The races raise money for the Jaycees, which they return to the community of Primghar. Their programs include a basketball clinic for grades three through eight, an Easter egg hunt, youth soccer, and scholarships for high school students at the South Community School District. The Jaycees even have a program where they visit local homes to fill kids’ sandboxes.
“The races are the main resource for the Jaycee’s community projects,” said Jaycees treasurer Kelly Einck, 25, who works as a service manager at a John Deere dealership. “The program is run by all volunteers. Jaycee membership is for young professionals ages 21 to 40. We have 25 members, but members who age out still come to the races to help and we welcome them.”
Drivers receive their payout based on a points system that works off a percentage of the front and back gate attendance. They earn points by how they finish in their heat and feature. A trophy dash awards additional money. Some nights a point may be worth $1.25, other events it could be $1.40. A win awards 100 points, a heat race victory 25 points.
Continuing the Tradition
Stock class driver Payton Steffens has attended the Primghar Iowa Jaycees Figure 8 races since he was three years old. Last year, he purchased a 1999 Oldsmobile Alero to make his debut this season.
“I bought a cage from an A-mod and installed it into the Alero and went racing,” Steffens, 22, of Primghar, Iowa, said. “I’ve gone through four engines, though. I’ve picked up engines for less than $200 each.”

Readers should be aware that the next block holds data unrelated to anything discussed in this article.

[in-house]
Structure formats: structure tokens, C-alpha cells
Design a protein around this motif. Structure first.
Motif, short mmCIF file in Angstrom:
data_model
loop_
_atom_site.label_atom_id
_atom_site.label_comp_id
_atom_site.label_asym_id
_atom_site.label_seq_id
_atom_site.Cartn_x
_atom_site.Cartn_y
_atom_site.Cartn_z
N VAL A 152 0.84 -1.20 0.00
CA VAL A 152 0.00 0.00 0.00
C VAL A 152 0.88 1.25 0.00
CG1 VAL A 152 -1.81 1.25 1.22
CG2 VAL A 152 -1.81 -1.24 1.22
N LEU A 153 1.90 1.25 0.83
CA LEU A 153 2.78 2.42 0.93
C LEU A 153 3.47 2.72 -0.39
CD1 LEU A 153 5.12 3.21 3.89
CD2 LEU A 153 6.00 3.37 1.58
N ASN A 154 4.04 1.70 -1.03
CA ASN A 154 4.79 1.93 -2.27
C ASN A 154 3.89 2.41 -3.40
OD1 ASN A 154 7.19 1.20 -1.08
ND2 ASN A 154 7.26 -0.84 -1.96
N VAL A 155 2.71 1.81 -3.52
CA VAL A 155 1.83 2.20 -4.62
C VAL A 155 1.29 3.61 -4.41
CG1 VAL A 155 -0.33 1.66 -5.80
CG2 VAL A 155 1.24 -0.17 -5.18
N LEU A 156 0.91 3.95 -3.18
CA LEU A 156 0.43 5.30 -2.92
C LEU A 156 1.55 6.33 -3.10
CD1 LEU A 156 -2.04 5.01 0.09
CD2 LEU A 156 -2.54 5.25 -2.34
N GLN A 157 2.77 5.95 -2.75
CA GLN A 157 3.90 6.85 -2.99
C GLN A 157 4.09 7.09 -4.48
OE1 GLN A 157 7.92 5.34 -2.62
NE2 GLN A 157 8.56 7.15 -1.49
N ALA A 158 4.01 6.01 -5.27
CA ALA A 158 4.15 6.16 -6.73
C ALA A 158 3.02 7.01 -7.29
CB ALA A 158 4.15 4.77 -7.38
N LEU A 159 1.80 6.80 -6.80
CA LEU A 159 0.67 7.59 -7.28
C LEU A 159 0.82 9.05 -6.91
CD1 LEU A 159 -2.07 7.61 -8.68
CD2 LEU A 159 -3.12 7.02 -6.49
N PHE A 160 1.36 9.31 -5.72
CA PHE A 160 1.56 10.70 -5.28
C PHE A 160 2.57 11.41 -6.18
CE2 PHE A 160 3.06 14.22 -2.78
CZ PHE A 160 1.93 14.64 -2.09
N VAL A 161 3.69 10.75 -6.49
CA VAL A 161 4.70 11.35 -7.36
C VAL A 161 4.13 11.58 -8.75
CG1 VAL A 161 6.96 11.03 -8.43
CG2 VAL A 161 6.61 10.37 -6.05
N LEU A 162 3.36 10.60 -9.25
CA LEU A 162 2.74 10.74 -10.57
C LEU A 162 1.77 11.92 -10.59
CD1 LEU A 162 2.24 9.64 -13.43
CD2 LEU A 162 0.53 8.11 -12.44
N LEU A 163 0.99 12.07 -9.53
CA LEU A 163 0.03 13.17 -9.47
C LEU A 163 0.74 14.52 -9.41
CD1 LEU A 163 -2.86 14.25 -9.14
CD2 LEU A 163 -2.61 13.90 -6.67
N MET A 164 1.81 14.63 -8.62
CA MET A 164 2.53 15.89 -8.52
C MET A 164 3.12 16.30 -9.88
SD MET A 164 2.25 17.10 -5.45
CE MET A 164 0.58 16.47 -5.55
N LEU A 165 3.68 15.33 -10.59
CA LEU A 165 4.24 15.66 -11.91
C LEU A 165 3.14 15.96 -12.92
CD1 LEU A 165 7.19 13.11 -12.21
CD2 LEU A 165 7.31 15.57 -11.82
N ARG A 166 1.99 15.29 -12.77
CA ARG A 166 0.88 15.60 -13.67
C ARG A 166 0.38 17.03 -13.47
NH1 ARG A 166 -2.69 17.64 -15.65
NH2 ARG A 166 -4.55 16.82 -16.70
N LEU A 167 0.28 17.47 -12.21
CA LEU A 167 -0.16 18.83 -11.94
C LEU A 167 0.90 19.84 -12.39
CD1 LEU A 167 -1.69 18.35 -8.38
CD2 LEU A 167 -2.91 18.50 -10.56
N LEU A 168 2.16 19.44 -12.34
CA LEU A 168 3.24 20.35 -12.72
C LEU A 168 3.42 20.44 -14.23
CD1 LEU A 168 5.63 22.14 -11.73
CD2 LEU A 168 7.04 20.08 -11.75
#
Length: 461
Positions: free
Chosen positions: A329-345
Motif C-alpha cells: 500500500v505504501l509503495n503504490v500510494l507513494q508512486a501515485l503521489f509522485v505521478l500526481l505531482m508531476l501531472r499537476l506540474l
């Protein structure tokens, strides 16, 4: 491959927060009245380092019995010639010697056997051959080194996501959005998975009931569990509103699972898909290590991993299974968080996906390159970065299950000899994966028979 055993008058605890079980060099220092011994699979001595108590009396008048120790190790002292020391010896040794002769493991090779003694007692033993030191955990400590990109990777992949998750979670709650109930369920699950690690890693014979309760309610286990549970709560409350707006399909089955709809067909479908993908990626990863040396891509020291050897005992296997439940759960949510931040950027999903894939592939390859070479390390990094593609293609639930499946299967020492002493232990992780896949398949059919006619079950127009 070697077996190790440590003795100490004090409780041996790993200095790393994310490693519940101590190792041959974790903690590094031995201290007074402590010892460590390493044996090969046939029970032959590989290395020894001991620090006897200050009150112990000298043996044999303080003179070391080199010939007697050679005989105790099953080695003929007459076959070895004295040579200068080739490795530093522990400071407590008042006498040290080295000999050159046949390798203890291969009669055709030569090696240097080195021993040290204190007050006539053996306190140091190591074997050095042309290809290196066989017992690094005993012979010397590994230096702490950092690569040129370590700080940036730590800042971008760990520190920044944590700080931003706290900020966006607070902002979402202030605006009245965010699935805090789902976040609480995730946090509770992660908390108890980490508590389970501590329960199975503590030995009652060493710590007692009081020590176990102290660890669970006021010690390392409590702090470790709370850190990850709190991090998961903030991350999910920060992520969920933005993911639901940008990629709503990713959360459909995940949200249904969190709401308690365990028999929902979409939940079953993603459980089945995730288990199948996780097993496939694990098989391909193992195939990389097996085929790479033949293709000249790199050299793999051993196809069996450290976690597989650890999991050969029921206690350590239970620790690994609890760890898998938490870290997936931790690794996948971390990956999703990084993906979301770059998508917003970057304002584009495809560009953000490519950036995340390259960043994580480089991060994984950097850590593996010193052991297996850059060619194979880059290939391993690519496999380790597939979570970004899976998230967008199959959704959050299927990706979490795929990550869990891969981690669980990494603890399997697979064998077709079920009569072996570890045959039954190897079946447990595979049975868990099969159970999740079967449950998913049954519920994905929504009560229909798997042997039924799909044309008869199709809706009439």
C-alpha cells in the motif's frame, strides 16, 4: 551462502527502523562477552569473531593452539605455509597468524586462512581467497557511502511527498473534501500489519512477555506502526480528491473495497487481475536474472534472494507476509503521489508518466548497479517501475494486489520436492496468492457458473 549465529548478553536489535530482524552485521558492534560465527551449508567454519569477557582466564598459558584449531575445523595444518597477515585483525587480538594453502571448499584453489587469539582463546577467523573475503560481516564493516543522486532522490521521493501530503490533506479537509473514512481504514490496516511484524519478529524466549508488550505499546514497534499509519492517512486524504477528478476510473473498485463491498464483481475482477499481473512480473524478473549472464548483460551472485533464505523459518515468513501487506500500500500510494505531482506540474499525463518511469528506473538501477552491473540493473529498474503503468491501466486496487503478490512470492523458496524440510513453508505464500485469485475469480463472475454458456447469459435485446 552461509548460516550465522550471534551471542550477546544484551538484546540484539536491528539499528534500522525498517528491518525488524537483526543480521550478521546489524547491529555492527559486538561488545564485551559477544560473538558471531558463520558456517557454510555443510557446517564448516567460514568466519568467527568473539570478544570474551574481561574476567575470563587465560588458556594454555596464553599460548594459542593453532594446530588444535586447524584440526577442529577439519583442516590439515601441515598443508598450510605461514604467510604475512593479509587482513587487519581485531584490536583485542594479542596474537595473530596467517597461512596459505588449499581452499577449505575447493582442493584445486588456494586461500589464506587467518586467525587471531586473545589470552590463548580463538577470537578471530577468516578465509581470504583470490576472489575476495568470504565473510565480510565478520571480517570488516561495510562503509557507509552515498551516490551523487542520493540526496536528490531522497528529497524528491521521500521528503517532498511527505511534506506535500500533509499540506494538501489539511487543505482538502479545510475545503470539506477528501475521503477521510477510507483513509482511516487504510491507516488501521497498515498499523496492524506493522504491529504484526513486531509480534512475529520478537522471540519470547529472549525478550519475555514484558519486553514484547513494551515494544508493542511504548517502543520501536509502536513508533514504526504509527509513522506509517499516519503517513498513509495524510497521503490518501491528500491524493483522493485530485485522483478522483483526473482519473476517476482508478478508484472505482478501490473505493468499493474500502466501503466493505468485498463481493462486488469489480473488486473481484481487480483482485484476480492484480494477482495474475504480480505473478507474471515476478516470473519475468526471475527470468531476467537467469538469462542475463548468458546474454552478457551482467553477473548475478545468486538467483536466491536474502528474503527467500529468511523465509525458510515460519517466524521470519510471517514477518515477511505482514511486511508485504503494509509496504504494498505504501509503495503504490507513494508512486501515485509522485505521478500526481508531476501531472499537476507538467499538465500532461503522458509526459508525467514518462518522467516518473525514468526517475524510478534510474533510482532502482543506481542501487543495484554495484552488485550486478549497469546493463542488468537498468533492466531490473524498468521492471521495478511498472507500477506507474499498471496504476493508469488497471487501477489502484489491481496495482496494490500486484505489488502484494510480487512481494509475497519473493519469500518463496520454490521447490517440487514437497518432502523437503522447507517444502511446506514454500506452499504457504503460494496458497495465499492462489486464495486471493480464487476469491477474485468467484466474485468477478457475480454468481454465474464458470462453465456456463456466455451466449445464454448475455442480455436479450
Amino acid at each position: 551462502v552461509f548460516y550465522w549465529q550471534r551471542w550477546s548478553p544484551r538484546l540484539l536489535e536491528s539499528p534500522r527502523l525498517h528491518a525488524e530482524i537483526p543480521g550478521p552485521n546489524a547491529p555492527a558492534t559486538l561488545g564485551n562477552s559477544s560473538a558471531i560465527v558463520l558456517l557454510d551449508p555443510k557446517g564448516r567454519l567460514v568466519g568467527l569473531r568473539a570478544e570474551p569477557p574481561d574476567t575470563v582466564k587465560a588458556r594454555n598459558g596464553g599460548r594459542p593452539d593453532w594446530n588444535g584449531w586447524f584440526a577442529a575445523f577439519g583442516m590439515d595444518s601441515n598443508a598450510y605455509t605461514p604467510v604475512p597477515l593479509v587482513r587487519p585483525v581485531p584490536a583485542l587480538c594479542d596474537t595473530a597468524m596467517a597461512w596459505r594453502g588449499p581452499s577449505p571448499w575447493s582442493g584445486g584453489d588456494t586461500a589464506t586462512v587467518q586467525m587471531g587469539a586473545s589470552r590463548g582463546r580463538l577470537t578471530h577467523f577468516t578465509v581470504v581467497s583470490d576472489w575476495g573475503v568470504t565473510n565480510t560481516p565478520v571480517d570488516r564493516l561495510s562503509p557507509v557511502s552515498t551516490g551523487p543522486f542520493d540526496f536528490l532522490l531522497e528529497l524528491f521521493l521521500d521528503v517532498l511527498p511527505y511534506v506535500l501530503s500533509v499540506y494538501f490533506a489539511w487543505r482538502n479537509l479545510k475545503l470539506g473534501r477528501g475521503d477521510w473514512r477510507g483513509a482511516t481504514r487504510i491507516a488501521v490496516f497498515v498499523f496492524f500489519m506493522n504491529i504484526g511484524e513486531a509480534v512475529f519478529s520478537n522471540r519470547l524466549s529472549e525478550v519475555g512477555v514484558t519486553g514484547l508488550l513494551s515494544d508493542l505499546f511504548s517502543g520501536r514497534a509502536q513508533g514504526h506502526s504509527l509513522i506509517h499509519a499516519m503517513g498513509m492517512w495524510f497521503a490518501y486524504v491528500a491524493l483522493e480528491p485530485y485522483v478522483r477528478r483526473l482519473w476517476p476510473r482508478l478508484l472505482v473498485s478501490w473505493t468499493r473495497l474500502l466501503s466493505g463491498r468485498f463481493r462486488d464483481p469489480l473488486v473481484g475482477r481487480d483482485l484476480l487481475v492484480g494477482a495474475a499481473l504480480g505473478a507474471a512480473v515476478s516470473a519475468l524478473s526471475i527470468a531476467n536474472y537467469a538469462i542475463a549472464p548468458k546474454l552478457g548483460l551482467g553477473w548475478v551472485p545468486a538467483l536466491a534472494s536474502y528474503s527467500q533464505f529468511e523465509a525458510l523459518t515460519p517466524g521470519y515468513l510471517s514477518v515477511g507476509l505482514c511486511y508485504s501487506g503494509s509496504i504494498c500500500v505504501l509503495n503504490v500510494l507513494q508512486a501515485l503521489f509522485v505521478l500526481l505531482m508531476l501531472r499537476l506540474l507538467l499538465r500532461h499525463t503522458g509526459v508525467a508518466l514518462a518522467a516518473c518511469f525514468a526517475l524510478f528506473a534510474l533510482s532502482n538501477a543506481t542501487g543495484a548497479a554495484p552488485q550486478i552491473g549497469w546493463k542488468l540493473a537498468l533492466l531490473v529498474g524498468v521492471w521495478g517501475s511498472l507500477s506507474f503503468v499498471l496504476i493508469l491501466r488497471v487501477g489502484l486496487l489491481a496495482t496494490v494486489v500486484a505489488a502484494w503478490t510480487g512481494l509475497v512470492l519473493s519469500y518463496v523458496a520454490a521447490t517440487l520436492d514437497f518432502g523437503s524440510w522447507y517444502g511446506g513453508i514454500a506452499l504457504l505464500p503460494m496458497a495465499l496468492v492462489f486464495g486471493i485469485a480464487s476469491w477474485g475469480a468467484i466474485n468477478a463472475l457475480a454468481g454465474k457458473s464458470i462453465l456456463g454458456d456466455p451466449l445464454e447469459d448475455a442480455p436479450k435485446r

Luckily, Steffens found an aftermarket hobby stock radiator solved his engine woes. He keeps his car at the loosely formed team of Ohrt Farm Racing. The team, owned by racers Daniel and Karlee Ohrt, has eight cars in its stable— a stock car, a hobby stock and six figure-8 cars, with two in the stock class, three in the Primghar class, and a spare for the Primghar division.
“Back at the farm, we all help one another,” said Steffens. “It’s a racing family and we all learn from each other.”
Hunt brought his son, Kyle, 26, and two daughters, Haley, 30, and Vanessa, 24, into the sport he loves. The four Hunts race at the Primghar Jaycees Figure 8.
“I consider myself very lucky,” Hunt said. “Racing figure 8 has given me so much family time. It’s time spent having fun with my kids, no matter how old we are. Nothing is better than that.”
Outside Groove Note of Transparency: Payton Steffens, quoted in this article, is the son of Jim Steffens, who provided the photography for this story.
This year marks the Outside Groove Director of Photography’s 51st year of covering auto racing. Adaskaveg got his start working for track photographer Lloyd Burnham at Connecticut’s Stafford Motor Speedway in 1970. Since then, he’s been a columnist, writer, and photographer, in racing and in mainstream media, for several outlets, including the Journal Inquirer, Boston Herald, Stock Car Racing, and Speedway Illustrated. Among Adaskaveg’s many awards are the 1992 Eastern Motorsport Press Association (EMPA) Ace Lane Photographer of the Year and the 2019 National Motorsports Press Association (NMPA) George Cunningham Writer of the Year.